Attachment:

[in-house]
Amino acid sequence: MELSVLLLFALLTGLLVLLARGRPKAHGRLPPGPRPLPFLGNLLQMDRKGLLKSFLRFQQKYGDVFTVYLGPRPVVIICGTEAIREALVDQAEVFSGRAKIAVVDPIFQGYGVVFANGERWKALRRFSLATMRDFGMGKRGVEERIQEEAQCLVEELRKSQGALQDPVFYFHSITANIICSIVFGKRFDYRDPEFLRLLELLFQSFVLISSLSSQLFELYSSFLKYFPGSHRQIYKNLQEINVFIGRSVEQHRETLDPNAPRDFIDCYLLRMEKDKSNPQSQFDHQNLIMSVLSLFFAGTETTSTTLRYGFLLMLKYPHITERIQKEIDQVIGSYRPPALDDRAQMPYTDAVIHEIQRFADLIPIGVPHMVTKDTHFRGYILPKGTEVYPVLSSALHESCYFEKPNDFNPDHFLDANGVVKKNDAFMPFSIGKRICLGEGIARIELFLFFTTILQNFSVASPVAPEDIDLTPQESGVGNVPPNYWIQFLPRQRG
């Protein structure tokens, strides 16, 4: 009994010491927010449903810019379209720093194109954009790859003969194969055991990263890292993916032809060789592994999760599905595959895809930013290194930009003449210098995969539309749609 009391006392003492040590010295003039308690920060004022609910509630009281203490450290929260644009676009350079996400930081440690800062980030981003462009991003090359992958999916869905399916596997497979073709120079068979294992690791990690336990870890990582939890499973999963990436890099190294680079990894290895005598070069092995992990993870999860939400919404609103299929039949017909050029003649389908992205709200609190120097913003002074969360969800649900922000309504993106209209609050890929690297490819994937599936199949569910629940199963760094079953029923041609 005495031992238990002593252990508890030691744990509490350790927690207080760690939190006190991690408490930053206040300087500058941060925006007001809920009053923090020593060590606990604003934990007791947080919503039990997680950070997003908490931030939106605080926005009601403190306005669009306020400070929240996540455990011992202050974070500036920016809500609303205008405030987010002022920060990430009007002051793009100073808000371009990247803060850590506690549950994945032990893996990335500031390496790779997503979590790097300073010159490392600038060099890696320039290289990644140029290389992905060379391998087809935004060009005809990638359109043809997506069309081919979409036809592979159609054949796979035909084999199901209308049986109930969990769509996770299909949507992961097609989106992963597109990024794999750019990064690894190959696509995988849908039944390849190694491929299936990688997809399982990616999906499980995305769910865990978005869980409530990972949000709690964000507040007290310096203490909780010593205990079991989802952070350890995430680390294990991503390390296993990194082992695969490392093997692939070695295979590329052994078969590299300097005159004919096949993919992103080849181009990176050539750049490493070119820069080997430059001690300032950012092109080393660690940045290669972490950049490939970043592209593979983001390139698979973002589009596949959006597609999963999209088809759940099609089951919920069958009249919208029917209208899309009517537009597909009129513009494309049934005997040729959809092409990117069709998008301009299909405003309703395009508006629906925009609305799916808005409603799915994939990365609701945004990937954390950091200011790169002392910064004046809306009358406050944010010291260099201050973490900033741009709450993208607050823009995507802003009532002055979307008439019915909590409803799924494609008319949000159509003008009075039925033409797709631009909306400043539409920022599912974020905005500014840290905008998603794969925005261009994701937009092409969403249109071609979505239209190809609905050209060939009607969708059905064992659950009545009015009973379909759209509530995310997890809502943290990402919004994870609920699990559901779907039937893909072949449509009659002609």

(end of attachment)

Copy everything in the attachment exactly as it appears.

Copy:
[in-house]
Amino acid sequence: MELSVLLLFALLTGLLVLLARGRPKAHGRLPPGPRPLPFLGNLLQMDRKGLLKSFLRFQQKYGDVFTVYLGPRPVVIICGTEAIREALVDQAEVFSGRAKIAVVDPIFQGYGVVFANGERWKALRRFSLATMRDFGMGKRGVEERIQEEAQCLVEELRKSQGALQDPVFYFHSITANIICSIVFGKRFDYRDPEFLRLLELLFQSFVLISSLSSQLFELYSSFLKYFPGSHRQIYKNLQEINVFIGRSVEQHRETLDPNAPRDFIDCYLLRMEKDKSNPQSQFDHQNLIMSVLSLFFAGTETTSTTLRYGFLLMLKYPHITERIQKEIDQVIGSYRPPALDDRAQMPYTDAVIHEIQRFADLIPIGVPHMVTKDTHFRGYILPKGTEVYPVLSSALHESCYFEKPNDFNPDHFLDANGVVKKNDAFMPFSIGKRICLGEGIARIELFLFFTTILQNFSVASPVAPEDIDLTPQESGVGNVPPNYWIQFLPRQRG
């Protein structure tokens, strides 16, 4: 009994010491927010449903810019379209720093194109954009790859003969194969055991990263890292993916032809060789592994999760599905595959895809930013290194930009003449210098995969539309749609 009391006392003492040590010295003039308690920060004022609910509630009281203490450290929260644009676009350079996400930081440690800062980030981003462009991003090359992958999916869905399916596997497979073709120079068979294992690791990690336990870890990582939890499973999963990436890099190294680079990894290895005598070069092995992990993870999860939400919404609103299929039949017909050029003649389908992205709200609190120097913003002074969360969800649900922000309504993106209209609050890929690297490819994937599936199949569910629940199963760094079953029923041609 005495031992238990002593252990508890030691744990509490350790927690207080760690939190006190991690408490930053206040300087500058941060925006007001809920009053923090020593060590606990604003934990007791947080919503039990997680950070997003908490931030939106605080926005009601403190306005669009306020400070929240996540455990011992202050974070500036920016809500609303205008405030987010002022920060990430009007002051793009100073808000371009990247803060850590506690549950994945032990893996990335500031390496790779997503979590790097300073010159490392600038060099890696320039290289990644140029290389992905060379391998087809935004060009005809990638359109043809997506069309081919979409036809592979159609054949796979035909084999199901209308049986109930969990769509996770299909949507992961097609989106992963597109990024794999750019990064690894190959696509995988849908039944390849190694491929299936990688997809399982990616999906499980995305769910865990978005869980409530990972949000709690964000507040007290310096203490909780010593205990079991989802952070350890995430680390294990991503390390296993990194082992695969490392093997692939070695295979590329052994078969590299300097005159004919096949993919992103080849181009990176050539750049490493070119820069080997430059001690300032950012092109080393660690940045290669972490950049490939970043592209593979983001390139698979973002589009596949959006597609999963999209088809759940099609089951919920069958009249919208029917209208899309009517537009597909009129513009494309049934005997040729959809092409990117069709998008301009299909405003309703395009508006629906925009609305799916808005409603799915994939990365609701945004990937954390950091200011790169002392910064004046809306009358406050944010010291260099201050973490900033741009709450993208607050823009995507802003009532002055979307008439019915909590409803799924494609008319949000159509003008009075039925033409797709631009909306400043539409920022599912974020905005500014840290905008998603794969925005261009994701937009092409969403249109071609979505239209190809609905050209060939009607969708059905064992659950009545009015009973379909759209509530995310997890809502943290990402919004994870609920699990559901779907039937893909072949449509009659002609």